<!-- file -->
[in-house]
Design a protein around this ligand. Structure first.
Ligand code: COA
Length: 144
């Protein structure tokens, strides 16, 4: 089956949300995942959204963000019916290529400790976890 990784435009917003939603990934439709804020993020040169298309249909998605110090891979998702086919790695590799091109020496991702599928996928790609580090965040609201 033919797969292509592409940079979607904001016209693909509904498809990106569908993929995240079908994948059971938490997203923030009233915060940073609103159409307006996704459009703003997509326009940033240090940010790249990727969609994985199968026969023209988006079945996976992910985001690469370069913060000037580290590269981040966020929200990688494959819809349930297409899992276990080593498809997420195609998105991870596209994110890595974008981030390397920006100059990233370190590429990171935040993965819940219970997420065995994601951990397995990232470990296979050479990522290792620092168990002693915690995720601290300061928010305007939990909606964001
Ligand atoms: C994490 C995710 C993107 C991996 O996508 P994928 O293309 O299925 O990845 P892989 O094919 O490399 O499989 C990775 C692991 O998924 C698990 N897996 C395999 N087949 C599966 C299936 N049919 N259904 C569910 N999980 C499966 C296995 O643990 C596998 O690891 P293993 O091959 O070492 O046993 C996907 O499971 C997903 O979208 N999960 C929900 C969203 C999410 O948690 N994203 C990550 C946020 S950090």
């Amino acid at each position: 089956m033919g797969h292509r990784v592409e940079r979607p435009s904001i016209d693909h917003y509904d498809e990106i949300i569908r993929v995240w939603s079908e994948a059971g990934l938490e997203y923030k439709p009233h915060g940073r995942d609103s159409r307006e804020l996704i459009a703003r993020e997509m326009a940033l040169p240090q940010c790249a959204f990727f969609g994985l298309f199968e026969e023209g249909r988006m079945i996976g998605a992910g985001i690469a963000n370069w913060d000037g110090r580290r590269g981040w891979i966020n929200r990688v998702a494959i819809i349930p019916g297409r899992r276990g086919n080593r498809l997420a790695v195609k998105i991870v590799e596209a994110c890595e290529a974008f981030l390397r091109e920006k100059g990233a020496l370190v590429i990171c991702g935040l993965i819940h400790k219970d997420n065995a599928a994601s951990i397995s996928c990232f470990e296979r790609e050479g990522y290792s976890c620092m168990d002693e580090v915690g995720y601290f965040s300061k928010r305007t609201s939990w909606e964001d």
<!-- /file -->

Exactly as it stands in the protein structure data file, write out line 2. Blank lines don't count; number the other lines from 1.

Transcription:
Design a protein around this ligand. Structure first.